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US, allies ‘welcome’ Sudan initial pact to end crisis

By AFP
05 December 2022   |   1:49 pm
The United States and allies Monday welcomed the signing of an initial deal between Sudan's military and civilian leaders to end a political crisis sparked last year by a coup.

Sudan’s Army chief Abdel Fattah al-Burhan (C) and paramilitary commander Mohamed Hamdan Dagalo (2nd L) lift documents alongside civilian leaders following the signature of an initial deal aimed at ending a deep crisis caused by last year’s military coup, in the capital Khartoum on December 5, 2022. – The past year has seen near-weekly protests and a crackdown that pro-democracy medics say has killed at least 121, a spiralling economic crisis exacerbated by donors slashing funding, and a resurgence of ethnic violence in several remote regions. Divisions among civilian groups have deepened since the coup, with some urging a deal with the military while others insist on “no partnership, no negotiation”. (Photo by ASHRAF SHAZLY / AFP)

The United States and allies Monday welcomed the signing of an initial deal between Sudan’s military and civilian leaders to end a political crisis sparked last year by a coup.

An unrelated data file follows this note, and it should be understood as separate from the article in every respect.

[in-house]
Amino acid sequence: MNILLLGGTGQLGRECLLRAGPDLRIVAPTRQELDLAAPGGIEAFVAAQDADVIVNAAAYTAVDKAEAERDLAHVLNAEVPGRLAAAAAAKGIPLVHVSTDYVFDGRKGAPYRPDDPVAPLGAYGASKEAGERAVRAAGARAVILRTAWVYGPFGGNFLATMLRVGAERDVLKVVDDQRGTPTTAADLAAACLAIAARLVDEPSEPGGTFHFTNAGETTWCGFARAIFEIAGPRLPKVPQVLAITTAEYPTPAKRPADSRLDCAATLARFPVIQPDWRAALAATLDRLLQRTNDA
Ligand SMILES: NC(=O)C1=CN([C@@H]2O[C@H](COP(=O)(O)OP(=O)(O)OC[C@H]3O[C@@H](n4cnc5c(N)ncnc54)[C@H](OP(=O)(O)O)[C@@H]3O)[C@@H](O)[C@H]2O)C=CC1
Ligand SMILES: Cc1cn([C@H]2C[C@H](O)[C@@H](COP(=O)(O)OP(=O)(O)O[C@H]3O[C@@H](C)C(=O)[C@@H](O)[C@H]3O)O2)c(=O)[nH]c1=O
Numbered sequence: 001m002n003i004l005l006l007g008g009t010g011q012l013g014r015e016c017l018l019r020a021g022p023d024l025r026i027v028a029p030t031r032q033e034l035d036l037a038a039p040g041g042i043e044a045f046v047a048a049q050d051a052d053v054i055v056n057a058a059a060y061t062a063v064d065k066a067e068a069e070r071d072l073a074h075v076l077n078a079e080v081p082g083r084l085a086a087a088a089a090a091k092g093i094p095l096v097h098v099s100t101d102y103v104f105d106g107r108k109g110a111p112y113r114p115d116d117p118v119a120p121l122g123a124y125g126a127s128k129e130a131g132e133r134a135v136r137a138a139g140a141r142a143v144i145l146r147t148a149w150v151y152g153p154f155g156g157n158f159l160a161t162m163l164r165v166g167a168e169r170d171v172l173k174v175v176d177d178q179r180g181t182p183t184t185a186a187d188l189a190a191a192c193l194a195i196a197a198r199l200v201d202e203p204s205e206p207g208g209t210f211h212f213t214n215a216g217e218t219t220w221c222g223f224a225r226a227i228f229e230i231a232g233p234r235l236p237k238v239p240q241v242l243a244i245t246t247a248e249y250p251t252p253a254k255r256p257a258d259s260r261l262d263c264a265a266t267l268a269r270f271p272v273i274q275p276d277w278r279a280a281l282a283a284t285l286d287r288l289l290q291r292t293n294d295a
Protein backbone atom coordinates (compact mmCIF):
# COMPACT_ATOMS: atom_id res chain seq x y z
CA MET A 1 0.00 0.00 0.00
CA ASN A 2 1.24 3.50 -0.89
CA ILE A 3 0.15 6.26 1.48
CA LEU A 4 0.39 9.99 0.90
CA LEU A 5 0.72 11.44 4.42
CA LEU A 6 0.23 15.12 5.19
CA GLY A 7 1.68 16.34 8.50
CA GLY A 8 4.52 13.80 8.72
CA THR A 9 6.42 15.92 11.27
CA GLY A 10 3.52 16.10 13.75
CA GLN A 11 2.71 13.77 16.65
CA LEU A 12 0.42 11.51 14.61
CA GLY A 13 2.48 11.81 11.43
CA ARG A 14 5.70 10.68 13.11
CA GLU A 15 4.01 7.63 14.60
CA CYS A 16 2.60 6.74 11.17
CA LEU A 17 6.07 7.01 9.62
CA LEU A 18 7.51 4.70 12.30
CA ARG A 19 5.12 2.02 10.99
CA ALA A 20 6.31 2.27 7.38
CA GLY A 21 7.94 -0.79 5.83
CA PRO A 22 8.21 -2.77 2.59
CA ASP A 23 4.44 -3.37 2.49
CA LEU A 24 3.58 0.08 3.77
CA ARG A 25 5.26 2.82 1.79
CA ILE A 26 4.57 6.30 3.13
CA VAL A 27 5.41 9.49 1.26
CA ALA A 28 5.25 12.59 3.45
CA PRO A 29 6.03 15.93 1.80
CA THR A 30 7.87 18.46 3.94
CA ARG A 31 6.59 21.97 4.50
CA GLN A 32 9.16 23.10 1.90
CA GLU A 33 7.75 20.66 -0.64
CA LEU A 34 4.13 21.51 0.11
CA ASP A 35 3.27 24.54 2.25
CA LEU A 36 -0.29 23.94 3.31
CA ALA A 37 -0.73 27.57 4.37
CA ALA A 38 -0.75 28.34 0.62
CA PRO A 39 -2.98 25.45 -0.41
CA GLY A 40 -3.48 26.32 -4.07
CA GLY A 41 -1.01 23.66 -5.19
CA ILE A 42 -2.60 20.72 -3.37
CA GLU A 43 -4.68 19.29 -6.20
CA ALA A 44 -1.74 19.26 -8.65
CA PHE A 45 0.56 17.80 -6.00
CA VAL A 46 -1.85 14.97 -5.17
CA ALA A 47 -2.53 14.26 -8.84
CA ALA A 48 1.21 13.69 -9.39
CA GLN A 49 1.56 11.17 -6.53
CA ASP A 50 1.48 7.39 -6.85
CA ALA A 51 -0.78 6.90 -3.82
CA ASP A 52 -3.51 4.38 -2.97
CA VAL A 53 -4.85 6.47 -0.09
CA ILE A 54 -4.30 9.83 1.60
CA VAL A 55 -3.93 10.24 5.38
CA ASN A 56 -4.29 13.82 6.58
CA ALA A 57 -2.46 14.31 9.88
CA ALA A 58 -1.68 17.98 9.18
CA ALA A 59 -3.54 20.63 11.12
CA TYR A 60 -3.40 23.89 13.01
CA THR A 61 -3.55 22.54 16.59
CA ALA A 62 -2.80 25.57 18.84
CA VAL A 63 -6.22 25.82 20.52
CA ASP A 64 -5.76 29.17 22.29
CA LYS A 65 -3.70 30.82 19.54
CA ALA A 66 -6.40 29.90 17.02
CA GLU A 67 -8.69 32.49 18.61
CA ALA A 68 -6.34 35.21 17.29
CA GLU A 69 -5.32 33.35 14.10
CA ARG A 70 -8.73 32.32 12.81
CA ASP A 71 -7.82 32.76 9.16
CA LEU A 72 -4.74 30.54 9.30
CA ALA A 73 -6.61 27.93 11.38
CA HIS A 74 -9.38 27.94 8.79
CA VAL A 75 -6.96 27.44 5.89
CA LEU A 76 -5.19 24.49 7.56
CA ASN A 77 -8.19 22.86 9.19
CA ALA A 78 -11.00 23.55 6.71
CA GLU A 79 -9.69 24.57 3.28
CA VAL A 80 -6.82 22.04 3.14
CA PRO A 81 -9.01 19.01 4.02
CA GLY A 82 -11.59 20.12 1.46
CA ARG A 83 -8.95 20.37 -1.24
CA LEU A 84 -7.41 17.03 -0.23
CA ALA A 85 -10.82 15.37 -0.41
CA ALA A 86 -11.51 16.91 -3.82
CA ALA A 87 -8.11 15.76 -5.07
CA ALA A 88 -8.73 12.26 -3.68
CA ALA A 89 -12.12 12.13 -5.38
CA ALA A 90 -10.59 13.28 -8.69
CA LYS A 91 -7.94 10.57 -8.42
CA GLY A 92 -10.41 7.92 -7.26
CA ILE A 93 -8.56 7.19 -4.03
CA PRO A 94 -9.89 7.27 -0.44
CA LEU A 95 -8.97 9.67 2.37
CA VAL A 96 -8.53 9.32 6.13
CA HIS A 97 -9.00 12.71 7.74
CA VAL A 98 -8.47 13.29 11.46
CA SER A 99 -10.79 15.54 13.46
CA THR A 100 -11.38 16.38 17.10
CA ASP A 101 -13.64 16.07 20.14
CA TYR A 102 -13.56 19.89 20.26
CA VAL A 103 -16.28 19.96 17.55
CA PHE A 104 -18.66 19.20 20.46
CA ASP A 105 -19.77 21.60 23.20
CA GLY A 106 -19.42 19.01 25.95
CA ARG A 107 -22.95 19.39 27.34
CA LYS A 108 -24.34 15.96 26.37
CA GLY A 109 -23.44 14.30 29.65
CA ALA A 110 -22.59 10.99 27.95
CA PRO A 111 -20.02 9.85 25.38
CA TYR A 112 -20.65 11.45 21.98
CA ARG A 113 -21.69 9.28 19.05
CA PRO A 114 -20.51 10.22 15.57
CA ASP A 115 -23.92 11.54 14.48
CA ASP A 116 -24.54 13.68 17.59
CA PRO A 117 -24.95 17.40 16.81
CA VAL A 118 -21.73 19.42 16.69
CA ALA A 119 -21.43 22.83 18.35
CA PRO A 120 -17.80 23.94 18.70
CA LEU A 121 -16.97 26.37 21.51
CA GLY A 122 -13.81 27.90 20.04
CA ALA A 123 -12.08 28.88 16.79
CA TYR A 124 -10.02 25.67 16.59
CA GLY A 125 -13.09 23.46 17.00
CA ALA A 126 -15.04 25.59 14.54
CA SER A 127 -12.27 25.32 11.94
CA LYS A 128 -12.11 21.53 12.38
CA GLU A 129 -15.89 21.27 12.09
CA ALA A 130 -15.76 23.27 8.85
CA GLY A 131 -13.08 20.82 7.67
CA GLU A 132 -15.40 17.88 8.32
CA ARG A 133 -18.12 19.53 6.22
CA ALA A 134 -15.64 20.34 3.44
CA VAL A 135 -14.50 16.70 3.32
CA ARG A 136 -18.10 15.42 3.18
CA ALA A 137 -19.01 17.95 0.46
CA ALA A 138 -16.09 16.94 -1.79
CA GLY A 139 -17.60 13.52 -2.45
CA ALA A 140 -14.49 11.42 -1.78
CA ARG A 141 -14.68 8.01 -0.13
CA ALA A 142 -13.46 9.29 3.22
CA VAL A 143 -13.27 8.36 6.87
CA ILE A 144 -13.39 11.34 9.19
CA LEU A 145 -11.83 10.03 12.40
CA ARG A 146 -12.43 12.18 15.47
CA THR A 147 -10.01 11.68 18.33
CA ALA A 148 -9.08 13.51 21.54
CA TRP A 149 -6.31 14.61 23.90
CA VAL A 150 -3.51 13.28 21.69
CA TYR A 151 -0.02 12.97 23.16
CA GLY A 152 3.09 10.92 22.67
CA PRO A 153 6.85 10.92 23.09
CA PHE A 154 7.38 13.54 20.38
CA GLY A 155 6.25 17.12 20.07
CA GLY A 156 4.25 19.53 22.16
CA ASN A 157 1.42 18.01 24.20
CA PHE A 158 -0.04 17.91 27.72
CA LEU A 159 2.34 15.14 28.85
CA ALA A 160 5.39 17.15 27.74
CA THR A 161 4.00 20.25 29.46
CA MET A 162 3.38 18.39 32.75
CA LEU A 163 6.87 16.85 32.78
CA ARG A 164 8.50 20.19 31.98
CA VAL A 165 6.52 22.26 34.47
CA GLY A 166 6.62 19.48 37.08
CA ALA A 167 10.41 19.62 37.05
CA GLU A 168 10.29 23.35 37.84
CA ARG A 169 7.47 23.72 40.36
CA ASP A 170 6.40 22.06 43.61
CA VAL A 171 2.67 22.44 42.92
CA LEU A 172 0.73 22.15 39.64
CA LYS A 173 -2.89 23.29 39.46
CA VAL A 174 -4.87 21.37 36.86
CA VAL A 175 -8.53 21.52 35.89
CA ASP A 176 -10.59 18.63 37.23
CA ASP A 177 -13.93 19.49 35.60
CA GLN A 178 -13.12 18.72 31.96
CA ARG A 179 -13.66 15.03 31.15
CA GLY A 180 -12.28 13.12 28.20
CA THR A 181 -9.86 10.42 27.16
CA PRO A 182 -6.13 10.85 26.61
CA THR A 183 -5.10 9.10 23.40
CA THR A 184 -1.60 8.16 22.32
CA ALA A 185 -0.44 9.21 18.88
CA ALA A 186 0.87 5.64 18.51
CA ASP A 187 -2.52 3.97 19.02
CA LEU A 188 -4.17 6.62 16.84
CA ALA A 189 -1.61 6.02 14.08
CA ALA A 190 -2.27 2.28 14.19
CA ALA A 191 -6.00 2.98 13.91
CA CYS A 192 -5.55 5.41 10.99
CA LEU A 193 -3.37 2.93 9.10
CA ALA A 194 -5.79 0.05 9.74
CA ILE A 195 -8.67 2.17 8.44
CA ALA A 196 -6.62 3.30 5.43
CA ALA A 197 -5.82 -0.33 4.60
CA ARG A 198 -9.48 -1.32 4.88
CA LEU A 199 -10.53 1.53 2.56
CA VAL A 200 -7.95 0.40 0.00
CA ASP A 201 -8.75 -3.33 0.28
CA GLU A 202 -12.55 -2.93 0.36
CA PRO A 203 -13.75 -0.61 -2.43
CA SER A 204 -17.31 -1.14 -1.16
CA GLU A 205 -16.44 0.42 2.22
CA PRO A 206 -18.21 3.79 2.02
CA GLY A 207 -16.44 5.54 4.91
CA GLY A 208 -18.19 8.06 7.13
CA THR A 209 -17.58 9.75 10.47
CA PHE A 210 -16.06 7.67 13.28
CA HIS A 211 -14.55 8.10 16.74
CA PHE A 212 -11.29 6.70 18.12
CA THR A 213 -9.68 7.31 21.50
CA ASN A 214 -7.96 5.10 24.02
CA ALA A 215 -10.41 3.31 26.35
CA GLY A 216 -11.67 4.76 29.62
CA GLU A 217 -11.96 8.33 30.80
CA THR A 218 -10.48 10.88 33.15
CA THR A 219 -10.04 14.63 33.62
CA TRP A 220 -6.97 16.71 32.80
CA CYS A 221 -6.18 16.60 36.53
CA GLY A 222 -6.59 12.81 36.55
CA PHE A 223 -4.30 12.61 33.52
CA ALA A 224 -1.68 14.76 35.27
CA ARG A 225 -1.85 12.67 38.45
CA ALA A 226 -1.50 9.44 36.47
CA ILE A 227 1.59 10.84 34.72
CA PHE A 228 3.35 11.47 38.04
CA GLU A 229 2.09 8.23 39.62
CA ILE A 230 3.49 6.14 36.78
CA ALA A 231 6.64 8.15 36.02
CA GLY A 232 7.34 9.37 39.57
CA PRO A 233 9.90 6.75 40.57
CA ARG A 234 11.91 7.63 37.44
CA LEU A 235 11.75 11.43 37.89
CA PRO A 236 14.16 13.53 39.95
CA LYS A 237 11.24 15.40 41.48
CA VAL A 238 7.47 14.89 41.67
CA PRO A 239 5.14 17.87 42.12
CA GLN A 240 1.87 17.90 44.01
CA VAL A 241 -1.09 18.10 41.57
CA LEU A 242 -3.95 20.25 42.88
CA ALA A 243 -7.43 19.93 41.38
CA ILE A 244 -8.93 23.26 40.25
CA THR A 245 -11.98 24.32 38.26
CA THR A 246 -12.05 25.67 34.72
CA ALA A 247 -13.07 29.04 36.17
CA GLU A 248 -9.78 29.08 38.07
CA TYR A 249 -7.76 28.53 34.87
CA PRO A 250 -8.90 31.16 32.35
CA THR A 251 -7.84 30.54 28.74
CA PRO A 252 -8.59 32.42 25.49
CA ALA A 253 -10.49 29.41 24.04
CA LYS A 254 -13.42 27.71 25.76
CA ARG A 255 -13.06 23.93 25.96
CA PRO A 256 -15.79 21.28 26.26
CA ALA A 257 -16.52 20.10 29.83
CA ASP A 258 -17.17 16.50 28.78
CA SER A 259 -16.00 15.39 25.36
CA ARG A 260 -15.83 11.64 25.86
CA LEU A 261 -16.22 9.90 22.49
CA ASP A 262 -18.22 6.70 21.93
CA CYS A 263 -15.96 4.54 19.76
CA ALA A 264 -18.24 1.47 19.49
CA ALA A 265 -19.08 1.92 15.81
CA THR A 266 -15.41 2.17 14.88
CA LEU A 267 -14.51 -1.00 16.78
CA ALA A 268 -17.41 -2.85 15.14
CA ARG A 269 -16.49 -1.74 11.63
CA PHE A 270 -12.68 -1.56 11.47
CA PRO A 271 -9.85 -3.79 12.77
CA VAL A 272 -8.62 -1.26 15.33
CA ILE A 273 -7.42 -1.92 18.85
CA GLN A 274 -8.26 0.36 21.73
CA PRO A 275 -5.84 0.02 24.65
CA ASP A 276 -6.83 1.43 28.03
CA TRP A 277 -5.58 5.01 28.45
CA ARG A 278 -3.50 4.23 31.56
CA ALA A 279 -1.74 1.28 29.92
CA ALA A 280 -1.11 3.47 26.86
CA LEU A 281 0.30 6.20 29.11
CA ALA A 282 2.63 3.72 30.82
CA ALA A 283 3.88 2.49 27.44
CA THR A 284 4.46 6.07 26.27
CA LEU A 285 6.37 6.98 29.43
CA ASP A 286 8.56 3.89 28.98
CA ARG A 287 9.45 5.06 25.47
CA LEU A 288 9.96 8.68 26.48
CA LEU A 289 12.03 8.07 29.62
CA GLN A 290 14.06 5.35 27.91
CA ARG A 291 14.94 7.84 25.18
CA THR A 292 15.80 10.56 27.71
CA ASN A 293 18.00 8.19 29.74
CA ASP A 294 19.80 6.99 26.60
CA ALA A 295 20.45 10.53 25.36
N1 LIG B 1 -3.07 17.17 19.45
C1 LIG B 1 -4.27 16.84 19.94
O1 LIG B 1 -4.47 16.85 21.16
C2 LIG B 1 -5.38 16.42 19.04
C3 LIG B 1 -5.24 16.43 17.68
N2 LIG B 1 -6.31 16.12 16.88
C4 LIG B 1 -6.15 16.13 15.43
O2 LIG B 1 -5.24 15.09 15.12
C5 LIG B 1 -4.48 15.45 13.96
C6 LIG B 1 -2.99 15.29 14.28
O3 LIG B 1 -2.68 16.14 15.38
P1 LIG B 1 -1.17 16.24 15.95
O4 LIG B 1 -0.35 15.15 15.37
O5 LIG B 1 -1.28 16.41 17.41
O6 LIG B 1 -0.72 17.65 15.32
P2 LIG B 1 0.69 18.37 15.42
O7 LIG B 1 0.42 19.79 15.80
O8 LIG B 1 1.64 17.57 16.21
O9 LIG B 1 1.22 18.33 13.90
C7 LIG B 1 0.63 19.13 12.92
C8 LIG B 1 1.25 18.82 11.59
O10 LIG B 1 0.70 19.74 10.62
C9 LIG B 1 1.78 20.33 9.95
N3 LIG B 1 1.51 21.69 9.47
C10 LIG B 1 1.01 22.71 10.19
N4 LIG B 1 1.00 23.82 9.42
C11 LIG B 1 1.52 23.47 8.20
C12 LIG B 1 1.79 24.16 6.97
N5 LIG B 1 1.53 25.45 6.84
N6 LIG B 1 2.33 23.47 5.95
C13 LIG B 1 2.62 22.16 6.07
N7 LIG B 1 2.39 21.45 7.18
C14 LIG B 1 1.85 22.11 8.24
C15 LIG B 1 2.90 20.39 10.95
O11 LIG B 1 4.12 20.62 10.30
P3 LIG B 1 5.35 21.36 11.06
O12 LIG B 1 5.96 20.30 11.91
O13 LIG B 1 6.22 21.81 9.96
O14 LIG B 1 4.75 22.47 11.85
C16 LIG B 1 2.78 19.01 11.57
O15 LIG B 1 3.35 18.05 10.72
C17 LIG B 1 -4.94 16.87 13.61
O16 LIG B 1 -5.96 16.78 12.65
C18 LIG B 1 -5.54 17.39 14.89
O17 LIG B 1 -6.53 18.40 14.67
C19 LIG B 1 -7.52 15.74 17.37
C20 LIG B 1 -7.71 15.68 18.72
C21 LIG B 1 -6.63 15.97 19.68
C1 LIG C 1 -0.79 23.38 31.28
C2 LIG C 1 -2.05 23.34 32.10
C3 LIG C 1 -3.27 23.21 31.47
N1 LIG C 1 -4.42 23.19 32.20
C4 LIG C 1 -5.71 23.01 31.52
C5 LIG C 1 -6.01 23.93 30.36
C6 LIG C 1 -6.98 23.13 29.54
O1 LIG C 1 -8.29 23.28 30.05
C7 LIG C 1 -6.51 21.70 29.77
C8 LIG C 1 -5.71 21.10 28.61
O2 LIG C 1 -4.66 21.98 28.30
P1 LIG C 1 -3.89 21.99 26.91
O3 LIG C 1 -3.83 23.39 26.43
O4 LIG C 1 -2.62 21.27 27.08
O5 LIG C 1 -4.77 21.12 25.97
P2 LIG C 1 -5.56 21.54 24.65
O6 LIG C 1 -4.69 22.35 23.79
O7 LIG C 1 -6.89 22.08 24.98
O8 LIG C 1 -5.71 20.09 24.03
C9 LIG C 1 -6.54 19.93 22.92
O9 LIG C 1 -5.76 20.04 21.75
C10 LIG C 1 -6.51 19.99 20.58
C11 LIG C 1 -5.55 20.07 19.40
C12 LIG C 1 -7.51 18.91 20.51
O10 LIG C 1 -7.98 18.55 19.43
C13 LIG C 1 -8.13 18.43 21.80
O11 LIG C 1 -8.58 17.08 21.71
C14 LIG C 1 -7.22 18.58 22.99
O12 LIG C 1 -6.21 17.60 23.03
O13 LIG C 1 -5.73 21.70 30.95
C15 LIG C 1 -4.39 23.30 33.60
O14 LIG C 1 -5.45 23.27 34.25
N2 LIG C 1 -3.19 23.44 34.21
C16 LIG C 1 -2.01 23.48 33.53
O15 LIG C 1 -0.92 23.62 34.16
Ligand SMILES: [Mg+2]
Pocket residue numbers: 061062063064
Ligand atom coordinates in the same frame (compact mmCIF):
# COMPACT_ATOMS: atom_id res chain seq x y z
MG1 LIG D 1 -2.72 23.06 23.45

The United States, Norway, Saudi Arabia, the United Arab Emirates and Britain “welcome the agreement of an initial political framework,” a joint statement issued by the US State Department said.

Sudan has been gripped by protests and economic upheaval since army chief Abdel Fattah al-Burhan seized power in October 2021, derailing a rocky transition to civilian rule that began after the 2019 ouster of veteran autocrat Omar al-Bashir.

On Monday, Burhan, paramilitary commander Mohamed Hamdan Dagalo and multiple civilian groups, most notably the Forces for Freedom and Change (FFC) the main civilian faction that was ousted in the coup — reached an initial agreement aimed at setting up a transitional civilian authority.

The allies’ statement hailed the deal as “an essential first step toward establishing a civilian-led government and defining constitutional arrangements to guide Sudan through a transitional period culminating in elections.”

The agreement was negotiated in the presence of officials from the United Nations, Western diplomats as well as Saudi Arabia and the United Arab Emirates, according to the FFC.

But it was met with anger by some civilian groups, who have rejected negotiations with the military and see the deal as a betrayal.

“We urge all Sudanese actors to engage in this dialogue urgently and in good faith,” the joint statement said, with the countries calling “on all parties to put Sudan’s national interest above narrow political ends.”

It added that finalizing negotiations was “key to unlocking the resumption of international development” after donors slashed funding in wake of the coup.